As we start to envisage the end of the Covid crisis, our high streets and surrounding neighbourhoods will play a huge role in how we look closer to home for all those services or occupations we were previously travelling for. 

Félicie Krikler

High streets bind communities together. The 5,000 of them in the UK (600 in London alone) are the heartbeat of our country.

Chancellor Rishi Sunak has announced measures to support retailers and urged shoppers to support high streets. With £9bn of funding for more than 101 town deals promised, the High Streets Task Force, launched last June, has also been a huge boon for our struggling retail sector.

However, this has not stopped Covid from ravaging the UK’s economic health and if that health is to improve, then planners, politicians and property owners must shift their focus from a purely retail solution when dealing with empty shops and distressed retail assets.

We need to think about the built environment in more creative and innovative ways and start mixing things up.

We are starting to look at some more complicated marriages of uses, with the GLA pushing for more ‘co-location’-type projects to retain industrial uses in Greater London as well as delivering housing: more jobs and more homes in the same location.

Closed shops

Source: Shutterstock/McCormick French

By consolidating traditional retail by integrating it with more resilient commercial real estate that is oriented around pop-ups, ‘meanwhile’ spaces and logistics, we can maybe start to reverse the fortunes of our high streets.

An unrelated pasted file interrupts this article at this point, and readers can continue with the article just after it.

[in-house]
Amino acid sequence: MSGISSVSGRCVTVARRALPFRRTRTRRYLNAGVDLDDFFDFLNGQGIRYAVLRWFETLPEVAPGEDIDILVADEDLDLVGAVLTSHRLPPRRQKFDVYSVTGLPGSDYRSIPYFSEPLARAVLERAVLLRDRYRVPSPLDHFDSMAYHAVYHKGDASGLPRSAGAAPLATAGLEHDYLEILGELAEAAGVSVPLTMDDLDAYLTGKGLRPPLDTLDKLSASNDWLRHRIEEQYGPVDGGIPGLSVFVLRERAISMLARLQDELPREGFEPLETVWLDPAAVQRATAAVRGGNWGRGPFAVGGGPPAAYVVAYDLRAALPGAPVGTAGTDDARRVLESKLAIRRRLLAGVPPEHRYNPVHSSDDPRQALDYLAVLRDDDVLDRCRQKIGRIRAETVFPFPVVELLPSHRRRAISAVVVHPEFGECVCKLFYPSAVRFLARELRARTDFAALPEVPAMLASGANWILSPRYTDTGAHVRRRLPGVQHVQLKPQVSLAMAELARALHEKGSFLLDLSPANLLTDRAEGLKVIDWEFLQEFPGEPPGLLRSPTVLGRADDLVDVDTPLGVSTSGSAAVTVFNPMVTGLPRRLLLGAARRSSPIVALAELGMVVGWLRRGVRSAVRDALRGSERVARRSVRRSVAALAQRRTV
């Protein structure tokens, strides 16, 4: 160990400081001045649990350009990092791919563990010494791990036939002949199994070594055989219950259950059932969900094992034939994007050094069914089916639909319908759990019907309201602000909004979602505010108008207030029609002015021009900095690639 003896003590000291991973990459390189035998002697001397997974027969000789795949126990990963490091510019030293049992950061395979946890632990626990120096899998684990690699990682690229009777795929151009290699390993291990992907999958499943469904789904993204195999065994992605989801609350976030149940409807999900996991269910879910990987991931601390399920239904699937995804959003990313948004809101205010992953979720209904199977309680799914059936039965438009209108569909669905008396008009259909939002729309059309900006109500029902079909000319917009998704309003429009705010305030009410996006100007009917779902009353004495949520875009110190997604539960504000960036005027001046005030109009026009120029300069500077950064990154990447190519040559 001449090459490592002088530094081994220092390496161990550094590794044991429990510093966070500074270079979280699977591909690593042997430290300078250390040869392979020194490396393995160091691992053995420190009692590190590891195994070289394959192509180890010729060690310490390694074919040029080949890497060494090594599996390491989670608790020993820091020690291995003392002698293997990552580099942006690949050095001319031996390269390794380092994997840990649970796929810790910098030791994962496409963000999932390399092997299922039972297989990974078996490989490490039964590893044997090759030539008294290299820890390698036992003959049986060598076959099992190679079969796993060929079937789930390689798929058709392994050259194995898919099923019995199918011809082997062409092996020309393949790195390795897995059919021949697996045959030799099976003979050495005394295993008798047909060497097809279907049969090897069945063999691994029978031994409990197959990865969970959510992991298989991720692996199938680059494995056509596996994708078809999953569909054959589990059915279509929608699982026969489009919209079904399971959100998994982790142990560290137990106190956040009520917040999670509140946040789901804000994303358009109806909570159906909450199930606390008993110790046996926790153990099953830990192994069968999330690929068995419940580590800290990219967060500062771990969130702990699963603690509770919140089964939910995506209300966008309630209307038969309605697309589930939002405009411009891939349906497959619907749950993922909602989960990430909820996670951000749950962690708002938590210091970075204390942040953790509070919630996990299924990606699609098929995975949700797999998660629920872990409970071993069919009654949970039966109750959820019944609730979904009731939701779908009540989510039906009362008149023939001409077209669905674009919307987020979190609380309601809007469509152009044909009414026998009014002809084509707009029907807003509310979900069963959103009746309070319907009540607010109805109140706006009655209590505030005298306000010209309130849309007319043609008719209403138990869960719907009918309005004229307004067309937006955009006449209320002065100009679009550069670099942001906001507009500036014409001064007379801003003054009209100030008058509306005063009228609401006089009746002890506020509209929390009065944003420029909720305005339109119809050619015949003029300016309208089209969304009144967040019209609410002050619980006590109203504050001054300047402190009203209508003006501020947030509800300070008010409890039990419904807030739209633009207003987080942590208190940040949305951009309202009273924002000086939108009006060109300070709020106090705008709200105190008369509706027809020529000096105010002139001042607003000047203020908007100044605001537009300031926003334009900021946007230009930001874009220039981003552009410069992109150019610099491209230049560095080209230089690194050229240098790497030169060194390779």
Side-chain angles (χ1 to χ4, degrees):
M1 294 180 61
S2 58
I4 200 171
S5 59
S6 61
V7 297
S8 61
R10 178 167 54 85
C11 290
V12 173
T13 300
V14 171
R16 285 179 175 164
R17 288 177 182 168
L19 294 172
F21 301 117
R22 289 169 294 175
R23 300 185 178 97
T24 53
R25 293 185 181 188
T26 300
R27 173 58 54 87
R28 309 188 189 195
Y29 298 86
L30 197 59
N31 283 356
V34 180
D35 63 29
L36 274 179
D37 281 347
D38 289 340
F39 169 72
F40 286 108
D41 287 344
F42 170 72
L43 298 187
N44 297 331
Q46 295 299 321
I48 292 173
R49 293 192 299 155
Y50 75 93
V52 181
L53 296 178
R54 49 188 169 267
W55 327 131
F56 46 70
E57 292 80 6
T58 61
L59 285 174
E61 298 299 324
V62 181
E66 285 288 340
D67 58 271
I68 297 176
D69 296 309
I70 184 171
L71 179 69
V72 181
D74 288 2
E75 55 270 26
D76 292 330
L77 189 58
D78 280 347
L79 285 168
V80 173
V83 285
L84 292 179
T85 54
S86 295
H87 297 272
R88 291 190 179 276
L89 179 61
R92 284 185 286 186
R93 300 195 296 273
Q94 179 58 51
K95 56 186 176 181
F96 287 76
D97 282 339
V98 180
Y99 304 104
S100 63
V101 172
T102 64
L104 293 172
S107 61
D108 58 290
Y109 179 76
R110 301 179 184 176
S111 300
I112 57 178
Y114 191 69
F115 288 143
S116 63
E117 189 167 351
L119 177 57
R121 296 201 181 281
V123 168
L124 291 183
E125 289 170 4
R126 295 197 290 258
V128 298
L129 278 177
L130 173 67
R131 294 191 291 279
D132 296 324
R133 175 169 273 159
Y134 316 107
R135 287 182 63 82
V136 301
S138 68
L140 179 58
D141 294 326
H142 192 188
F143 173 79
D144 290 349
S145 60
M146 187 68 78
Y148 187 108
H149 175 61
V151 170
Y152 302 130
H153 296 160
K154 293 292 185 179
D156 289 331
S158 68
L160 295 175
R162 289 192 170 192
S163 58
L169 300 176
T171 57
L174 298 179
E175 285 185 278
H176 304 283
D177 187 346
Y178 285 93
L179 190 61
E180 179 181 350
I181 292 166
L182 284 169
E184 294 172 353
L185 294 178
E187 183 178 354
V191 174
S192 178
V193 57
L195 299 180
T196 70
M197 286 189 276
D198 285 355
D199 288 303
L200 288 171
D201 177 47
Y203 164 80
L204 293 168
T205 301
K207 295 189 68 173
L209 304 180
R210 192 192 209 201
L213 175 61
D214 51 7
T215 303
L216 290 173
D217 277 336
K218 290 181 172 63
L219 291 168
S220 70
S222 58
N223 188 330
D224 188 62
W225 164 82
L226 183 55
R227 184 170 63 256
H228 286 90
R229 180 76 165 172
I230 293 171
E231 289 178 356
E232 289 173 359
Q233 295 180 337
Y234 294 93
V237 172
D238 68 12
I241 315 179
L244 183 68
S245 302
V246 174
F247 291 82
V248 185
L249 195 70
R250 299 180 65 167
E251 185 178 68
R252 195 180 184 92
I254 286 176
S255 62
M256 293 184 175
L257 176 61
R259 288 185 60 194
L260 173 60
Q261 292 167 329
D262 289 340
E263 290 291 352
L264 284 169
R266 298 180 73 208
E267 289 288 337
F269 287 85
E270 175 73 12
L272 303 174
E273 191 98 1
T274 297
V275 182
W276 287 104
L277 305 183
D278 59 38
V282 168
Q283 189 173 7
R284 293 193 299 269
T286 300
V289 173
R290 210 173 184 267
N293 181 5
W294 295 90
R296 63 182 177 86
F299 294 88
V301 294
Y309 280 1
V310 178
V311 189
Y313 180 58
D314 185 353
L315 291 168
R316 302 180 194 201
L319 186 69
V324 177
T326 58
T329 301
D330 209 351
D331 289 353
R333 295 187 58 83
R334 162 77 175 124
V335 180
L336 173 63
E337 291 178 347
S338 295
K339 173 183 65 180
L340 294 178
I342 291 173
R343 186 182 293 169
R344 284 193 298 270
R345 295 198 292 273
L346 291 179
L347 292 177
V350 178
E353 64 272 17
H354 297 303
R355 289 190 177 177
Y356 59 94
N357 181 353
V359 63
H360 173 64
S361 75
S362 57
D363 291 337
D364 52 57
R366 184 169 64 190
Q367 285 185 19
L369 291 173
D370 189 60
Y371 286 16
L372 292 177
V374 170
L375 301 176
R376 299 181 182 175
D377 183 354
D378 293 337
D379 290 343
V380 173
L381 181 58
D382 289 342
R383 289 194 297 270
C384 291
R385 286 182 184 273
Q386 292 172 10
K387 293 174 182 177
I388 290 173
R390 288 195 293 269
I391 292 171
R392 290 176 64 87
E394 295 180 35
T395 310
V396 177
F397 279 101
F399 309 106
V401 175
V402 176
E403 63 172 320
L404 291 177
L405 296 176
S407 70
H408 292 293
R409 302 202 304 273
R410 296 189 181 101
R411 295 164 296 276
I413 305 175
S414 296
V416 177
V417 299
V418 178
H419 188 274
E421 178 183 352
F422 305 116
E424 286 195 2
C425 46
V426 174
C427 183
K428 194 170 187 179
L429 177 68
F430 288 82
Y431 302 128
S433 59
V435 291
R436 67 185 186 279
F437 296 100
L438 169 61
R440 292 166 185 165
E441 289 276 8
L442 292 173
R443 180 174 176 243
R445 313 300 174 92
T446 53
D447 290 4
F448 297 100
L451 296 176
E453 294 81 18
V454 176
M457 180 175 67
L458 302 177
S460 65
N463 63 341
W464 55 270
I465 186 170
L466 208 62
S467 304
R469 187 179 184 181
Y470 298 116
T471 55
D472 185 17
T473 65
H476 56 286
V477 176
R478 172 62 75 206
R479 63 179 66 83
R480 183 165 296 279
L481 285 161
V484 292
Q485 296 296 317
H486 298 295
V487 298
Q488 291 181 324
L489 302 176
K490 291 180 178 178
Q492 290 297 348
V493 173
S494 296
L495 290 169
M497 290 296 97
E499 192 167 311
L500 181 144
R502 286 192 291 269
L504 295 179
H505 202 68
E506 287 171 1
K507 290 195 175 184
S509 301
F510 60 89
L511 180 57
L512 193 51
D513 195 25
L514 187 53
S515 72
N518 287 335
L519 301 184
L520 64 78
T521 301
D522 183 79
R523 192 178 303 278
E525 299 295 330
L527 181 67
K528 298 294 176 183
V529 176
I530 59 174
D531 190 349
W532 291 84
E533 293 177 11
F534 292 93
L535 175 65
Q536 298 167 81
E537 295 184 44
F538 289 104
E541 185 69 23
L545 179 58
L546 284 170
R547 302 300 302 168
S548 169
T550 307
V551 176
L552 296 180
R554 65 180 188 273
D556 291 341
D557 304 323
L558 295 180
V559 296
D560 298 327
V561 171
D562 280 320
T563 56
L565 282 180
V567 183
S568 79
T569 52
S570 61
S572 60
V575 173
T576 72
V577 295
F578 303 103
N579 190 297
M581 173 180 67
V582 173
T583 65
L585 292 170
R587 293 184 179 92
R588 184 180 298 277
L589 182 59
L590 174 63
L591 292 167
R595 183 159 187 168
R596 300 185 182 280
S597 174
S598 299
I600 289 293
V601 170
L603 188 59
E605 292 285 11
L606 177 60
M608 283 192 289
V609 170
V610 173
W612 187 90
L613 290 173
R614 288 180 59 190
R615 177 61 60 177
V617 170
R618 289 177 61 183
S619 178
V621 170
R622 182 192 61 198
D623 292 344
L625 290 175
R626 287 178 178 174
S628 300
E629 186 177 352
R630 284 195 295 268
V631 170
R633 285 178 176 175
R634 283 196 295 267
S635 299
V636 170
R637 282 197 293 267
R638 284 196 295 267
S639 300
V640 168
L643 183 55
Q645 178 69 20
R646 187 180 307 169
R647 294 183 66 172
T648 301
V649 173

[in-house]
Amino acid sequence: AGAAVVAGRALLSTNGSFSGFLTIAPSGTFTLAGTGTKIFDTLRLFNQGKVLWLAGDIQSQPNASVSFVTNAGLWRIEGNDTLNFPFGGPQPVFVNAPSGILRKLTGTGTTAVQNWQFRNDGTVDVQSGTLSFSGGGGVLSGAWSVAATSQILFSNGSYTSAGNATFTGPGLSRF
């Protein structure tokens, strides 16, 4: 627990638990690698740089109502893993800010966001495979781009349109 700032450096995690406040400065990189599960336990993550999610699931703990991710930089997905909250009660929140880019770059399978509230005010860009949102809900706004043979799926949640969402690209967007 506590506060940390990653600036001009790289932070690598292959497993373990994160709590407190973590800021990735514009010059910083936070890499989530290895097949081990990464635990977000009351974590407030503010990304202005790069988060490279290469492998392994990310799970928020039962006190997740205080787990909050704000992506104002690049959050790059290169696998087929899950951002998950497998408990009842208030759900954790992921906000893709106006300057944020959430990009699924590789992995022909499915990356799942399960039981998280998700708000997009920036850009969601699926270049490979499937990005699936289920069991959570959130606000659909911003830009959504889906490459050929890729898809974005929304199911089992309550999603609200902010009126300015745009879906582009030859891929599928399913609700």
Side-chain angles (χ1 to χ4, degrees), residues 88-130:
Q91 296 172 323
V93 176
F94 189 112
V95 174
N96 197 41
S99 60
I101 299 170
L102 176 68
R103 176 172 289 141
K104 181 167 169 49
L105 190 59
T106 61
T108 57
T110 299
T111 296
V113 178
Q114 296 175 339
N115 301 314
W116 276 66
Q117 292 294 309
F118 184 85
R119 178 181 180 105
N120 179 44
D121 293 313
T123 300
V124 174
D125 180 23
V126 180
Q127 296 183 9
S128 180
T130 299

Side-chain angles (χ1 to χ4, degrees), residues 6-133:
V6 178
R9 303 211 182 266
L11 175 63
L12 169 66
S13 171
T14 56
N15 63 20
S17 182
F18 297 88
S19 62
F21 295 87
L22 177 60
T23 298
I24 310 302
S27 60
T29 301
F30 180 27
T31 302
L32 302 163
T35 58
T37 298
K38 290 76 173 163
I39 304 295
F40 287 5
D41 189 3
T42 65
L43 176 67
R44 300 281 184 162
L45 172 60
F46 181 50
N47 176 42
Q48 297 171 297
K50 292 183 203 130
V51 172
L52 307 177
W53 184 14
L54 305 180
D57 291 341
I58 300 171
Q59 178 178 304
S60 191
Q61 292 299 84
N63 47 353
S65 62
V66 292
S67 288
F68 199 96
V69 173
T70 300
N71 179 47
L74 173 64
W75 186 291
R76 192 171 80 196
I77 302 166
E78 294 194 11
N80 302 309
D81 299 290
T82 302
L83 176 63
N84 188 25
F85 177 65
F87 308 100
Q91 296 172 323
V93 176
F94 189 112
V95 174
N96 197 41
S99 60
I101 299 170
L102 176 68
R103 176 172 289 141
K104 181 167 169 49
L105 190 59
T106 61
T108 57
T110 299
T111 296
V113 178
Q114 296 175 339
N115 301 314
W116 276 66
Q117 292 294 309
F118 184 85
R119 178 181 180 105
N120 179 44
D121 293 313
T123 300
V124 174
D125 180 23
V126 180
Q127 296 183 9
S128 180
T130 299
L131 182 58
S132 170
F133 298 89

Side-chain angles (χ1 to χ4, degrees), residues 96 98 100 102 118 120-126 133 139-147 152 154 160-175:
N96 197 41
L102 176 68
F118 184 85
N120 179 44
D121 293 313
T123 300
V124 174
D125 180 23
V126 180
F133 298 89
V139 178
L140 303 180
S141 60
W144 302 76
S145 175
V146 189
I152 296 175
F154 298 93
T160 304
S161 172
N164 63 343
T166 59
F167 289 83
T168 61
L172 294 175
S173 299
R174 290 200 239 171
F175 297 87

We want to ensure that more commercial space is refurbished to provide flexible solutions to agile and entrepreneurial local businesses and to support a blend of modern retail and hospitality businesses.

We should also look at using residential to breathe new life into our towns and cities. Why spend so much time trying to entice people onto our high streets when they could already be living there?

However, simply shoehorning homes into redundant commercial spaces is not the answer. These schemes require sensitive planning and must address the environmental constraints that arise from living on a high street.

We are working on some interesting projects that represent this principle. Assael recently won Meridian Water’s ‘Placemaking with Purpose’ competition with a proposal to create a community that meets Enfield Council’s sustainability requirements and provides a vision for a post-Covid high street that incorporates housing, retail, culture, education and workspace.

Collaboration between architects, developers, the local authorities’ varied teams, operators, local businesses and local people can bring forward flexible and sensitive mixed-use schemes to benefit the entire community.

There is no simple fix to revitalising our high streets. It will require time, patience and negotiation. But these are simple, achievable things – small steps on the road to a new future.

Félicie Krikler is director at Assael Architecture